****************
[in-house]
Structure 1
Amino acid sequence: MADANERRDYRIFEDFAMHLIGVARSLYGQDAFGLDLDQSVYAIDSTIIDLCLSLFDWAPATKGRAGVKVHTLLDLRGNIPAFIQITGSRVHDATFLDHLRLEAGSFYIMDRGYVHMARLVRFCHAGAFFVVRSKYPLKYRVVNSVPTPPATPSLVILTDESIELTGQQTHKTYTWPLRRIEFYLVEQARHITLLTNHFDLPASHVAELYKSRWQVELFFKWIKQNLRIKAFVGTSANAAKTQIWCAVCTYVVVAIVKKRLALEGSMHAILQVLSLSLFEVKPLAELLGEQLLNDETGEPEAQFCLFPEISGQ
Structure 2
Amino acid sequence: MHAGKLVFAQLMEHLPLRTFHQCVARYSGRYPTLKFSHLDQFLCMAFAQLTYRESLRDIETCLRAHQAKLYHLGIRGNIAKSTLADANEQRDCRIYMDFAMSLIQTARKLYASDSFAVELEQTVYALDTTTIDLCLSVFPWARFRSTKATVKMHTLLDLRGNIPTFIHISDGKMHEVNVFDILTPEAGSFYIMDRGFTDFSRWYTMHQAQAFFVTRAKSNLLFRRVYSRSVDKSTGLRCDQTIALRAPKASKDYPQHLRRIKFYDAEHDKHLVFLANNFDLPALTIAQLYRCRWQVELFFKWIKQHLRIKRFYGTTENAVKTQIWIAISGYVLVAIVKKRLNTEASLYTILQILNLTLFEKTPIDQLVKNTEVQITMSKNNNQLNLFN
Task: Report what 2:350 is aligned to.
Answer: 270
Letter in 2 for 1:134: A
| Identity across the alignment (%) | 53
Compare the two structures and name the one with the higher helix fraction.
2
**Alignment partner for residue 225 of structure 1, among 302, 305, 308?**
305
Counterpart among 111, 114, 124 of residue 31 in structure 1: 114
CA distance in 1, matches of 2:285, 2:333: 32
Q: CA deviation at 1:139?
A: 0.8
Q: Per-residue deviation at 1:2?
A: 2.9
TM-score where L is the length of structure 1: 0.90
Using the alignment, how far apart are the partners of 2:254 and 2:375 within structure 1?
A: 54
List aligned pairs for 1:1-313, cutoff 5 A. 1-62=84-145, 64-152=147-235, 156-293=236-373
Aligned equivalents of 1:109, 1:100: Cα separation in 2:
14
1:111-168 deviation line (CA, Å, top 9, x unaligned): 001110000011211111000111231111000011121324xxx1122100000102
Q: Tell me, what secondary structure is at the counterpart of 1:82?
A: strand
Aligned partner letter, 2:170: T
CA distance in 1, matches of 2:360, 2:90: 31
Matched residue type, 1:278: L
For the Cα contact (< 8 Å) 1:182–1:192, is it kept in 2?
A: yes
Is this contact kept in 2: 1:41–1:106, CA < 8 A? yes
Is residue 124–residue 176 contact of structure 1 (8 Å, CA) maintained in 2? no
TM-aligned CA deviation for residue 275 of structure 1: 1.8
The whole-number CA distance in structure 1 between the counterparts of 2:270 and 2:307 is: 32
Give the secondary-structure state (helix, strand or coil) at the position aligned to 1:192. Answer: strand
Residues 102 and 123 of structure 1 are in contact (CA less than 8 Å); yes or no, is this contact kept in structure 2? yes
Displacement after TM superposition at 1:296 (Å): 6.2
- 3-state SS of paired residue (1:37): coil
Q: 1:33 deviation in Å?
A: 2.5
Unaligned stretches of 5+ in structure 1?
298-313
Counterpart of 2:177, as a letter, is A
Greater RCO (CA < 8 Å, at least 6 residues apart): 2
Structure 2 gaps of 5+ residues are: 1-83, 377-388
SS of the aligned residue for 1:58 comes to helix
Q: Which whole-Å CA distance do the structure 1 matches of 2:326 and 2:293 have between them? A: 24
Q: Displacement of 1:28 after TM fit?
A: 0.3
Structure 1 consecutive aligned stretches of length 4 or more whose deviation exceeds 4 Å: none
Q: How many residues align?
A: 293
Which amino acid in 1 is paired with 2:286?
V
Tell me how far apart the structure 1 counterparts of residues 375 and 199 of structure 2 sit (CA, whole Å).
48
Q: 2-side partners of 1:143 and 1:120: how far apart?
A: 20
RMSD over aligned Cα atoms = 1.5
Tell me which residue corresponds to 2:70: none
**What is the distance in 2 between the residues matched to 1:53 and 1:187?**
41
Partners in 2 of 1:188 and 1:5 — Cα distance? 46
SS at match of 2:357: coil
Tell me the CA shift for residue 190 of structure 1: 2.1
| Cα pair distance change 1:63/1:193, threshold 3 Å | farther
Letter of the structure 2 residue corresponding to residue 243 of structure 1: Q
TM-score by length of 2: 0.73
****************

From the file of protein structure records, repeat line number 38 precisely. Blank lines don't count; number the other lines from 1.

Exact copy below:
Give the secondary-structure state (helix, strand or coil) at the position aligned to 1:192. Answer: strand